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College of Saint Rose in Albany makes closure official

First Nations representatives express concern over hydropower transmission project

Champlain Hudson Power Express project brochure
Transmission Developers Inc.
Champlain Hudson Power Express project brochure

The Champlain Hudson Power Express is a project to bring 1,250 megawatts of hydropower from Canada to New York City. The 339 miles of power lines would be placed on the bottom of lake and river beds or underground. Just before the New York Public Service Commission was scheduled to meet late last week to determine whether to issue the final permits, a group of indigenous peoples from Canada and the U.S. expressed concerns about the project.

The Champlain Hudson Power Expresshad received all other required permits and the state Public Service Commission approval was the final decision regarding construction of the transmission line between Quebec and New York City.

Representatives of First Nations in eastern Canada say the billions of dollars in subsidies New York state will pay for power from HydroQuebec will cause further damage to their traditional lands and culture.

Mistissini Cree William Nicholls does not believe HydroQuebec has the capacity with current dams to provide the power it plans to sell.

"They’re saying they’re not going to be building new dams or that. They can use existing power. My question is given not only the power that they’re trying to sell to New York, but the power that they’re trying to sell to Massachusetts, where are they going to get it from? Of course they’re going to be coming back into native lands because they don’t want to upset non-First Nations communities.”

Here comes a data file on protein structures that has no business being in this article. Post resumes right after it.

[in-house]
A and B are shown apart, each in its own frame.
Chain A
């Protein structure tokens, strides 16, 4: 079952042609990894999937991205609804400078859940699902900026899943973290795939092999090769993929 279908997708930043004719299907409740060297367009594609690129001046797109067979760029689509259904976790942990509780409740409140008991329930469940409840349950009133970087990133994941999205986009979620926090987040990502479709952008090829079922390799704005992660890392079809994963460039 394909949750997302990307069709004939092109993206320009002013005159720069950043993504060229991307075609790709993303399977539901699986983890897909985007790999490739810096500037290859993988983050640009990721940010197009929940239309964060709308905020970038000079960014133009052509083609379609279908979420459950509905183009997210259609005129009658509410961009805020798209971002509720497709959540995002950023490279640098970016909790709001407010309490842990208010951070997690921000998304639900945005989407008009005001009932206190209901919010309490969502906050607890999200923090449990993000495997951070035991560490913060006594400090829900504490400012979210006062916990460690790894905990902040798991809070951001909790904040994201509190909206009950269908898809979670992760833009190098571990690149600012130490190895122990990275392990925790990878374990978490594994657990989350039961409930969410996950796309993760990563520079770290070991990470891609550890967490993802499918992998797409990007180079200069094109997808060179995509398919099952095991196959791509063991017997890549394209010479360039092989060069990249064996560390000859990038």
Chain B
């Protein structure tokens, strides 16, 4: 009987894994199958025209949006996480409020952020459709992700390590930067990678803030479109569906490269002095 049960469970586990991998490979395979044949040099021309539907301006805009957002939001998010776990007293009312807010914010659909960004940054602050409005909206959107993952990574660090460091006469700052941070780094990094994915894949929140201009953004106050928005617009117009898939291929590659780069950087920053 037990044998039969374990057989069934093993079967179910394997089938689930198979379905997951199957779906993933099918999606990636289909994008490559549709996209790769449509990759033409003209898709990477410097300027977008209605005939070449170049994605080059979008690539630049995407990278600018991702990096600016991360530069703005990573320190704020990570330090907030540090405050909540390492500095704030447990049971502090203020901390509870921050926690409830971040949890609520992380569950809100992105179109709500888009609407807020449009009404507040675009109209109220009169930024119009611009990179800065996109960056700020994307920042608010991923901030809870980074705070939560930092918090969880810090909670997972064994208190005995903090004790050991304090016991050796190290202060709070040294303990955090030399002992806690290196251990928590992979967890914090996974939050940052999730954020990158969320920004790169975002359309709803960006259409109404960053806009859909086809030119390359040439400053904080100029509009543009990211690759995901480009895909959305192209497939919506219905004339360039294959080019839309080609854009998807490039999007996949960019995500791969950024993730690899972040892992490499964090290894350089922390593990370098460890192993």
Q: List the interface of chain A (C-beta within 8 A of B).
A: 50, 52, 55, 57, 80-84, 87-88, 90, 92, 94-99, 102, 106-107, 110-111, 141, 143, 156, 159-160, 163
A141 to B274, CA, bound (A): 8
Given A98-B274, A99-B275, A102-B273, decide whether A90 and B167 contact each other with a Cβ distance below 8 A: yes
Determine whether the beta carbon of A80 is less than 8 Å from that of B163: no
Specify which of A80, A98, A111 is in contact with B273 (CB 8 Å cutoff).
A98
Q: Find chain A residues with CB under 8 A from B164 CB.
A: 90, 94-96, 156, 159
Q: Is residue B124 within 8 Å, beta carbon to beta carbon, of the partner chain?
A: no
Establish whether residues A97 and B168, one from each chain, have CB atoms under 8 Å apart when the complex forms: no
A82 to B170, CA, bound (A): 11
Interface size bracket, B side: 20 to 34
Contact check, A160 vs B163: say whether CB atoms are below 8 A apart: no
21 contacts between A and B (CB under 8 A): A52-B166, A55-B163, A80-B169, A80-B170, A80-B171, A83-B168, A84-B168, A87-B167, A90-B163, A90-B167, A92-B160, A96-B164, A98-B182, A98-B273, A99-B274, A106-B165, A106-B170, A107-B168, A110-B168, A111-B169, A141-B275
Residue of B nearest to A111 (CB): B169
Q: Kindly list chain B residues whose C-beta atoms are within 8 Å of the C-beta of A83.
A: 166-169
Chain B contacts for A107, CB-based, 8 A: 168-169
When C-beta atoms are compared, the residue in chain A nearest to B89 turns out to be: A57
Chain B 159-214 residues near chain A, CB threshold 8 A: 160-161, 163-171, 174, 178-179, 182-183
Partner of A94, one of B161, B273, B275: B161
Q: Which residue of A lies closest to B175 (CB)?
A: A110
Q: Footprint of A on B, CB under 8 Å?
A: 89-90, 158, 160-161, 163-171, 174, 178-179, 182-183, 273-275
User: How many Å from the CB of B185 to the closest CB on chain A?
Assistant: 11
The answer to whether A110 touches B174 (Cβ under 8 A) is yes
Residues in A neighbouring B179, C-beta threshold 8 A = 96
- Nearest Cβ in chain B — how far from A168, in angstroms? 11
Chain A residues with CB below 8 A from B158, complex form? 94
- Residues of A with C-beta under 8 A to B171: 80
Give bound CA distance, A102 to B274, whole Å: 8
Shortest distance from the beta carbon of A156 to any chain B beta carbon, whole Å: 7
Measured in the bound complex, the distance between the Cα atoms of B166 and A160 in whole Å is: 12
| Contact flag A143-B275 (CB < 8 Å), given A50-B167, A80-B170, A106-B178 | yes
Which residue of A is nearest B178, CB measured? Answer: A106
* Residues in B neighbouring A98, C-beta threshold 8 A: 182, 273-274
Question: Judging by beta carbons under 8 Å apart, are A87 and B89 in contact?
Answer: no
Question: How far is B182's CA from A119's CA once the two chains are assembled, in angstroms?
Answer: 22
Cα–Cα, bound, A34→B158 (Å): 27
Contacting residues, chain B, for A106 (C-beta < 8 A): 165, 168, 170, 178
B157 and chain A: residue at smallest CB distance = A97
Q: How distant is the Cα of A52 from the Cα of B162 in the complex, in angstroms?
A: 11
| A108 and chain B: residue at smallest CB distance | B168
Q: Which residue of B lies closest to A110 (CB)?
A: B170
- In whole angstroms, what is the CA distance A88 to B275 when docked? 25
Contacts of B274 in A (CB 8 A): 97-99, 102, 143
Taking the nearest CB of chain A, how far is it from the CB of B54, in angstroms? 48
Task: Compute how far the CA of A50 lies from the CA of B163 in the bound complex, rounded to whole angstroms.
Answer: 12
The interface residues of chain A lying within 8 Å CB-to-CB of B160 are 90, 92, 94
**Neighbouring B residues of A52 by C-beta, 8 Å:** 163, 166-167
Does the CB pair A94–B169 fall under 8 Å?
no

Lac Simon Anishnabe Nation Councilor Lucien Wabanonik said the dams built by HydroQuebec have a direct effect on all First Nations.

“We still use the land. We still in our diet use the traditional food. First Nations have rights. In our eyes it’s a cultural genocide. That’s not right. They say it’s a green energy. We don’t believe that because the impacts on First Nations, on our people, and children and women are so major and we cannot call it green energy. We don’t have, we don’t benefit any of it this time. We never have.”

The day after the First Nations representatives met, the New York Public Service Commission discussed whether to issue the final permit for the Champlain Hudson Power Express.

Commissioner Tracy Edwards says the decision comes down to priorities.

“I’m not comfortable with continuing to spend ratepayer money on the same dirty fossil fuel results if there is an alternative before us. To do the same thing and continuing to approve the same rate cases in the same way and not put our priorities on this for a cleaner future, that’s what we need to be doing. Is it perfect? Absolutely not. I believe that this will definitely get better. But we’ve got to start. We’re never going to be able to have a cleaner New York if we are not moving forward.”

Reliability and rates is a key concern for Commissioner Diane Burman.

“If adopted we would be inexplicably imposing rate increases on ratepayers while not actually solving the critical need to transition our electrical system to be more reliable, resilient, affordable and sustainable for all New Yorkers. This is too costly to ratepayers and the Commission has not taken, in my opinion, sufficient steps to adequately and completely ensure the issues embedded in this matter are more fully vetted among us and that we seek to extract more definitive commitments and conditions while also lessening the burdens on ratepayers.”

The Public Service Commission approved the final permit for the Champlain Hudson Power Express on a 5-2 vote.

Construction is expected to be completed and power delivered to New York City by 2025.

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